Born in Chicago and raised in Pittsburgh, Dahl received a B.S. in landscape gardening from Pennsylvania State College in 1917. He spent two years in the Army before returning to Penn State to earn an M.S. degree, and went on to teach there as Assistant Professor of Landscape Architecture for another five years. In 1927 he left to work for the State of Pennsylvania before going into private practice as a landscape architect, engineer and site planner.
Dahl, a Baha’i by faith, traveled to Chicago in 1926 to visit the selected site for the first Baha’i temple in the U.S. Concerned with the lack of a cohesive landscape design for the building, he offered his services as landscape architect. He moved to Chicago in 1936, but it wasn’t until 1938 that he was approached by the trustees of the Baha’i House of Worship to design the temple’s landscape. While continuing work on the project, Dahl relocated to Charleston, West Virginia, where he worked as the Associate Chief of West Virginia State Parks, and later to Louisville, Kentucky, where he was Associate Director of the Kentucky State Parks and partnered with designer and engineer Carl Berg. In Louisville, Berg and Dahl opened the Cloverleaf Garden Center to supply their projects.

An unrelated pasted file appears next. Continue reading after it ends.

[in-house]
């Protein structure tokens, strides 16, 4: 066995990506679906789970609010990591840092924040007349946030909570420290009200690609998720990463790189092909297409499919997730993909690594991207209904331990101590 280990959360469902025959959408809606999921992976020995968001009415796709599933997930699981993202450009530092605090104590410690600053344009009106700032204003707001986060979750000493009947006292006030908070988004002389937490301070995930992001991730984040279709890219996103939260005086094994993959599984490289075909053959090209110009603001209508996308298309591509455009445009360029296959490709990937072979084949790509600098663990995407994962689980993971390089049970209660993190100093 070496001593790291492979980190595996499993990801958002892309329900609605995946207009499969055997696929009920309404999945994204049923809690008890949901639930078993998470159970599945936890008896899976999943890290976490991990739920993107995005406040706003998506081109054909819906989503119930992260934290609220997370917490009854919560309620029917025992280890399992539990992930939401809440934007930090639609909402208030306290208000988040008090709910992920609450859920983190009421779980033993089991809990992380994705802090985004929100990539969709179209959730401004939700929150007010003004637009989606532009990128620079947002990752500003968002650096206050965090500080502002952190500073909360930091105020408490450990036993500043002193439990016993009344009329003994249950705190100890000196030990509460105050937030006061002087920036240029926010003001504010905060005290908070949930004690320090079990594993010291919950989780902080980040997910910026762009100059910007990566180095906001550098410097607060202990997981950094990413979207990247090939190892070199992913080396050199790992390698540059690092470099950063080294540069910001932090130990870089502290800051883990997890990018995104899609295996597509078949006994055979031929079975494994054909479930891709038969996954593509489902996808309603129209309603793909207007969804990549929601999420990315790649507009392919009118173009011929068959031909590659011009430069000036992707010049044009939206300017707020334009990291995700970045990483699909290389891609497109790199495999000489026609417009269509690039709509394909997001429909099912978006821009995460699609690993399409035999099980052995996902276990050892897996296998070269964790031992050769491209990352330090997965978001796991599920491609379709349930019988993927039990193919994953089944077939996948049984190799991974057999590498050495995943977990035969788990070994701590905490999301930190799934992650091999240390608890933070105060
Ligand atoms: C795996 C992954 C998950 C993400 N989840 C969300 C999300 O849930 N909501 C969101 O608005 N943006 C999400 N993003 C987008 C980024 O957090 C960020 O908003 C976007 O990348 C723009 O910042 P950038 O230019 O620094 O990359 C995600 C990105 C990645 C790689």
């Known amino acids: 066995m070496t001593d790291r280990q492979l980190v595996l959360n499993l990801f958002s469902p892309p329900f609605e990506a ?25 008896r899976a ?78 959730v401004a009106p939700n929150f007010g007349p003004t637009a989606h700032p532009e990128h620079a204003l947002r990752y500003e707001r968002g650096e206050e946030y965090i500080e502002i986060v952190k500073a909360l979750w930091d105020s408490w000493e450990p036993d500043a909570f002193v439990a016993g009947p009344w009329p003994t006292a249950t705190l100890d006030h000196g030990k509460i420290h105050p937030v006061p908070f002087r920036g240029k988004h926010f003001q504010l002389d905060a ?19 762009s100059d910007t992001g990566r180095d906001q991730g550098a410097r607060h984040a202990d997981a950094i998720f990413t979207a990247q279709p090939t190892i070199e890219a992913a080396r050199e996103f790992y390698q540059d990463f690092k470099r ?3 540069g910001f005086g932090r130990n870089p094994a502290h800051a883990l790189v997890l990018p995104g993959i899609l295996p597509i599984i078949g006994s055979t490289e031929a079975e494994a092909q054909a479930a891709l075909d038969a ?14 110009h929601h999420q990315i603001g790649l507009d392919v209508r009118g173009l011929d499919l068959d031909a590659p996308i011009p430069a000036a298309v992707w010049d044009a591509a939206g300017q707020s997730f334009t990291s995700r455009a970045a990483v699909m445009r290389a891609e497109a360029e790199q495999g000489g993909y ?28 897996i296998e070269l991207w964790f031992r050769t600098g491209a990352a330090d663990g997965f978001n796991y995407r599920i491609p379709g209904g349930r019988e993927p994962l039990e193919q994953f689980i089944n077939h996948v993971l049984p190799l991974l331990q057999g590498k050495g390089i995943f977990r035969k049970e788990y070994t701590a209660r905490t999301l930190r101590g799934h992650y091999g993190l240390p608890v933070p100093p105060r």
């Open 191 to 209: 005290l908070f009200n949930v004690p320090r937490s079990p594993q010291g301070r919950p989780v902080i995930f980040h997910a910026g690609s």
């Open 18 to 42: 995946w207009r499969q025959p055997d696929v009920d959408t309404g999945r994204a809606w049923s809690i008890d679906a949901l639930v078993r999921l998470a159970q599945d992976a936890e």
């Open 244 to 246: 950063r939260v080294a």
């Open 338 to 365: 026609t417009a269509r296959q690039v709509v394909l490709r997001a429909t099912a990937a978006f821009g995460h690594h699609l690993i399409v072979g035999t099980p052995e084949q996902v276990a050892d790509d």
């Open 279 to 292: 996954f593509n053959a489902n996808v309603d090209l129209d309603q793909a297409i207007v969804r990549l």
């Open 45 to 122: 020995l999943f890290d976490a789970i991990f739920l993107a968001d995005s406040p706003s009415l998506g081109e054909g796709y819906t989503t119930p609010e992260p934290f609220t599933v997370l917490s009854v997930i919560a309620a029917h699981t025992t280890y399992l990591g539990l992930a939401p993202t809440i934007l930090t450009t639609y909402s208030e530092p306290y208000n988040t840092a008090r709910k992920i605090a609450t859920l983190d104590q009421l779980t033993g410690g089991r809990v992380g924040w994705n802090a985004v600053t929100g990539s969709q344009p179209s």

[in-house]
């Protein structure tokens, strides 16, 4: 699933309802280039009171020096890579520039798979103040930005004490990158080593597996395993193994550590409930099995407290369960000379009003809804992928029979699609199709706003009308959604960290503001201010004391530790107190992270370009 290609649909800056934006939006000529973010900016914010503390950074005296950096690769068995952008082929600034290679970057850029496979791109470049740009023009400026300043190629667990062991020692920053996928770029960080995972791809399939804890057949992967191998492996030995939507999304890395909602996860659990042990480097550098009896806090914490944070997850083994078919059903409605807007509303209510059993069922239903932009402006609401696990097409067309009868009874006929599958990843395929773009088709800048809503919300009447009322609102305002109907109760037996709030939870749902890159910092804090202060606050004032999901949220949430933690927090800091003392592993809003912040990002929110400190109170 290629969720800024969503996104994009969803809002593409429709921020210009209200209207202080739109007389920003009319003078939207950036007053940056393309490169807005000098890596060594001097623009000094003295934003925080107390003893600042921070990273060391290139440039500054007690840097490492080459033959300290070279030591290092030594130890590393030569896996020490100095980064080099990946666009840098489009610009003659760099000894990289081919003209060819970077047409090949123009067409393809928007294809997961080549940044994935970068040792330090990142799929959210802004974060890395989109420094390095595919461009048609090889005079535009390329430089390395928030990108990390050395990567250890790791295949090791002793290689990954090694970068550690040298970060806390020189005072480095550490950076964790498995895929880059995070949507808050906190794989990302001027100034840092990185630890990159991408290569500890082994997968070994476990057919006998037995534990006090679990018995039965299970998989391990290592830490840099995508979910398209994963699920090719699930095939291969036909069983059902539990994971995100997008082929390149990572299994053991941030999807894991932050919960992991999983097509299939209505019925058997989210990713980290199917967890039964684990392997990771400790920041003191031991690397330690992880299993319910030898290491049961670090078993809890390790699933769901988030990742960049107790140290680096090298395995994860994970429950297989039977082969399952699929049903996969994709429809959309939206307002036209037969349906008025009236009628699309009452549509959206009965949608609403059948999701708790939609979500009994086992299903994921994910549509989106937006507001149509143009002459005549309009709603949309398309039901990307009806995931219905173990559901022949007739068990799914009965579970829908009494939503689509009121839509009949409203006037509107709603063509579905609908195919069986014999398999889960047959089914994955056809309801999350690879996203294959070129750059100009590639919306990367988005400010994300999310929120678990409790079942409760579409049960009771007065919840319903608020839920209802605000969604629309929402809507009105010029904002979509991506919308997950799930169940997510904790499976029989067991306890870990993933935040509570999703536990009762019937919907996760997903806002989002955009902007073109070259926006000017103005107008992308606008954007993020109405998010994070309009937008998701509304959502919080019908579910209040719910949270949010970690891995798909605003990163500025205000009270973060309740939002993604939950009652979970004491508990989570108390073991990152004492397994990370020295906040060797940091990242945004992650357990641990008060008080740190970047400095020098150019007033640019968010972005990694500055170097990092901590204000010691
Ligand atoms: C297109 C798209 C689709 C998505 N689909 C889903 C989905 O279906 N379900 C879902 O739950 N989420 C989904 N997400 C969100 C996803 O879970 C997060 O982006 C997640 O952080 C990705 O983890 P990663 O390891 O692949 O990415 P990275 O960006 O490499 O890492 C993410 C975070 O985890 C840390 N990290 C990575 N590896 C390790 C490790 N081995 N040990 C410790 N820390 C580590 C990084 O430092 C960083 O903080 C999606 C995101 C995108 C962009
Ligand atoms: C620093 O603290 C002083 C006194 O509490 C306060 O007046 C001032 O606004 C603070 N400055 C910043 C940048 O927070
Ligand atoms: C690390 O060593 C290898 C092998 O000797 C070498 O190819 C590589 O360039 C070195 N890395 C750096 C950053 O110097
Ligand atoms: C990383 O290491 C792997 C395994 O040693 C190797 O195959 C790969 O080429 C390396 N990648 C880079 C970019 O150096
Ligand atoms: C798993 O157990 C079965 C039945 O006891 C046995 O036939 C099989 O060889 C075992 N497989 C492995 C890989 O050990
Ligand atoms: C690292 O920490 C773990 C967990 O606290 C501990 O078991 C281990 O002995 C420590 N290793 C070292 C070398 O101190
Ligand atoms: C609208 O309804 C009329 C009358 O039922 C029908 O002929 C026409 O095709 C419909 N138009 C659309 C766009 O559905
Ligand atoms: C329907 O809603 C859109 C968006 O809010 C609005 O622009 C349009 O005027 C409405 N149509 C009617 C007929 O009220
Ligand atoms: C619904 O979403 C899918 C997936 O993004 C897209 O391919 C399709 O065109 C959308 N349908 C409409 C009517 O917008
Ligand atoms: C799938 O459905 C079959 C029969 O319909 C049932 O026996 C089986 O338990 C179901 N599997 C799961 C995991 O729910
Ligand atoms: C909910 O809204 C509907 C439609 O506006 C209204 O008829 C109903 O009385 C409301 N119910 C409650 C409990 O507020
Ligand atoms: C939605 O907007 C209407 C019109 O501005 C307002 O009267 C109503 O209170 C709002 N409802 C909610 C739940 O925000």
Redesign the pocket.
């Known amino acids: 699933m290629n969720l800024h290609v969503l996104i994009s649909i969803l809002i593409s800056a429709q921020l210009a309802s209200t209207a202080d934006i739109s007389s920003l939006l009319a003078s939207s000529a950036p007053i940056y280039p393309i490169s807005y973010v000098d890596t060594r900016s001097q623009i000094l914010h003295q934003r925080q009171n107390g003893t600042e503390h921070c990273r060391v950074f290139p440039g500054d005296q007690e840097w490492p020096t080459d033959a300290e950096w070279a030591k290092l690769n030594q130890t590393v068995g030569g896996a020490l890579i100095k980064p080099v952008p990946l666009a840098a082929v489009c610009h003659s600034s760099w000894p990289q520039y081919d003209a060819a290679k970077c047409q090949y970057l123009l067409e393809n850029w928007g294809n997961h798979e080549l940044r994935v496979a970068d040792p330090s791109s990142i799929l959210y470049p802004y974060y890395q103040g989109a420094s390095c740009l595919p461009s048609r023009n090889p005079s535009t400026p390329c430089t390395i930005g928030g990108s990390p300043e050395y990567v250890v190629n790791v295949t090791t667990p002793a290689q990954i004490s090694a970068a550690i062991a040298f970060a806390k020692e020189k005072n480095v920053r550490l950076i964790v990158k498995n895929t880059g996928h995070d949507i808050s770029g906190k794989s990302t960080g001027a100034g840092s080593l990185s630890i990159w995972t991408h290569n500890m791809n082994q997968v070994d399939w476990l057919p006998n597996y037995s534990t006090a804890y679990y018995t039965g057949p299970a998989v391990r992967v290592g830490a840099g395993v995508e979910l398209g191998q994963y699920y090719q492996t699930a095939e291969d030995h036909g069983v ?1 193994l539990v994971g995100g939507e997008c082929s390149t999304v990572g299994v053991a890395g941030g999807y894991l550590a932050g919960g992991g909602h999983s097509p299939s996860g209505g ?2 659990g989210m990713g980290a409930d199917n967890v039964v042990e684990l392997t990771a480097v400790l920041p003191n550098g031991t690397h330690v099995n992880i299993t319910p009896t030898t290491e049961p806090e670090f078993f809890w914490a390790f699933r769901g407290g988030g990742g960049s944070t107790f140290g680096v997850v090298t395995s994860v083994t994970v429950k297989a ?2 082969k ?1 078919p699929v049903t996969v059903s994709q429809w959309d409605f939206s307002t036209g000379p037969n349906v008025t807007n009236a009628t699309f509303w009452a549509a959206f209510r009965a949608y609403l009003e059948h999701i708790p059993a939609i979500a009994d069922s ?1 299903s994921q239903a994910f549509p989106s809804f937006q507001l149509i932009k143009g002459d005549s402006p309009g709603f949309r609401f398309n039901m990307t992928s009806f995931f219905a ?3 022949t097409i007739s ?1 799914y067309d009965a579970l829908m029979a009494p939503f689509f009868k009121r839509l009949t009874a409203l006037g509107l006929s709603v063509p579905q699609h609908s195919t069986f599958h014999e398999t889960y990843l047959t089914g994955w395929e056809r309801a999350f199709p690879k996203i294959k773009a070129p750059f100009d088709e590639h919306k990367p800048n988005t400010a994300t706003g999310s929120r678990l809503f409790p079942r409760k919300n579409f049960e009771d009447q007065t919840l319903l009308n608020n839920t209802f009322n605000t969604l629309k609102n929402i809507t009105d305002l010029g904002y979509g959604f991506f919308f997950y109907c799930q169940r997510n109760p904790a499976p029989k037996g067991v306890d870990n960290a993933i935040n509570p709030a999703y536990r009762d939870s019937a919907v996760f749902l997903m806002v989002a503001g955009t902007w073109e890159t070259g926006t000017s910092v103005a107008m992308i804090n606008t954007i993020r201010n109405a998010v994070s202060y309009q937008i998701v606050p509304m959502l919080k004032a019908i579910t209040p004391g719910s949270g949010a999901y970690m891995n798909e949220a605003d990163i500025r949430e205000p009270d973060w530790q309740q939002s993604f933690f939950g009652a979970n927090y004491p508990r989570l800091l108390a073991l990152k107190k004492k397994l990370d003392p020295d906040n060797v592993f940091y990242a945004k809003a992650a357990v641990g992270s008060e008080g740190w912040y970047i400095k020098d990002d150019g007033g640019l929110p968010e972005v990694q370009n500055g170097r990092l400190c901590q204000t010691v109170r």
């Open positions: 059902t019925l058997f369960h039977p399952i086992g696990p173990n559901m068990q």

Work began on Dahl’s design for the Baha’i House of Worship Gardens in 1951. In retirement Dahl moved to Michigan, where he continued to work on the finer elements of the design and management of the grounds until his death.